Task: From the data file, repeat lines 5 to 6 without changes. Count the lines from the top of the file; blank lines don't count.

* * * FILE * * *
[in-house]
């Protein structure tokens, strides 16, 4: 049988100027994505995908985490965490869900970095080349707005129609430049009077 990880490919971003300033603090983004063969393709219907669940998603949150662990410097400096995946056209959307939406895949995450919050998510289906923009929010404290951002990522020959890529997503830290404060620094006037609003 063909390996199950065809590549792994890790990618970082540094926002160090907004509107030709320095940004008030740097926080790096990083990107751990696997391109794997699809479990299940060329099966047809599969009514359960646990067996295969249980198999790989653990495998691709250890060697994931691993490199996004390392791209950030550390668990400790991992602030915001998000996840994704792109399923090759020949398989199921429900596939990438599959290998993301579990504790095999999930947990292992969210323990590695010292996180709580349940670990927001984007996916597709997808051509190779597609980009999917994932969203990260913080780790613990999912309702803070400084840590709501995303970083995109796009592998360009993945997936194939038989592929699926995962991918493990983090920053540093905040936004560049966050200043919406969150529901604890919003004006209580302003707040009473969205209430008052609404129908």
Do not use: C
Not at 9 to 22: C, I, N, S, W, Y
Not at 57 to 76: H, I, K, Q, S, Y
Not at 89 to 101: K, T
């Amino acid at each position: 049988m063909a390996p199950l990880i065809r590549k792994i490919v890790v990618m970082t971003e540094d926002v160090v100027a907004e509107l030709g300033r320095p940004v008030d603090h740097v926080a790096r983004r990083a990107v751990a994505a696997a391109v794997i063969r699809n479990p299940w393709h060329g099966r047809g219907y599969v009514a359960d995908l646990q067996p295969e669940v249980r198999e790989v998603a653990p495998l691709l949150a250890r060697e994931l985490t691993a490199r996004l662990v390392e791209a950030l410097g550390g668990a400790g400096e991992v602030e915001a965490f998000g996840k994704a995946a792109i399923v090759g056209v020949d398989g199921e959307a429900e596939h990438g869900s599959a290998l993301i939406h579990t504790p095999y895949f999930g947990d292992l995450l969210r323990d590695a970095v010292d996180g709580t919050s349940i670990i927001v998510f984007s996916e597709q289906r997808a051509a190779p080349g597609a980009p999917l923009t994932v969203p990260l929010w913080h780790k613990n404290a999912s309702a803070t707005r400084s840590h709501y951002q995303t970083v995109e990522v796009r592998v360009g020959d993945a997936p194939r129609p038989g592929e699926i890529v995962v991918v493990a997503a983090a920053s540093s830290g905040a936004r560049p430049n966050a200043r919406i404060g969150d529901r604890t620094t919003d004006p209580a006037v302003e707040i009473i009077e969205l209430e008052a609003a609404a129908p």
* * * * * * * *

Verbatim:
Not at 57 to 76: H, I, K, Q, S, Y
Not at 89 to 101: K, T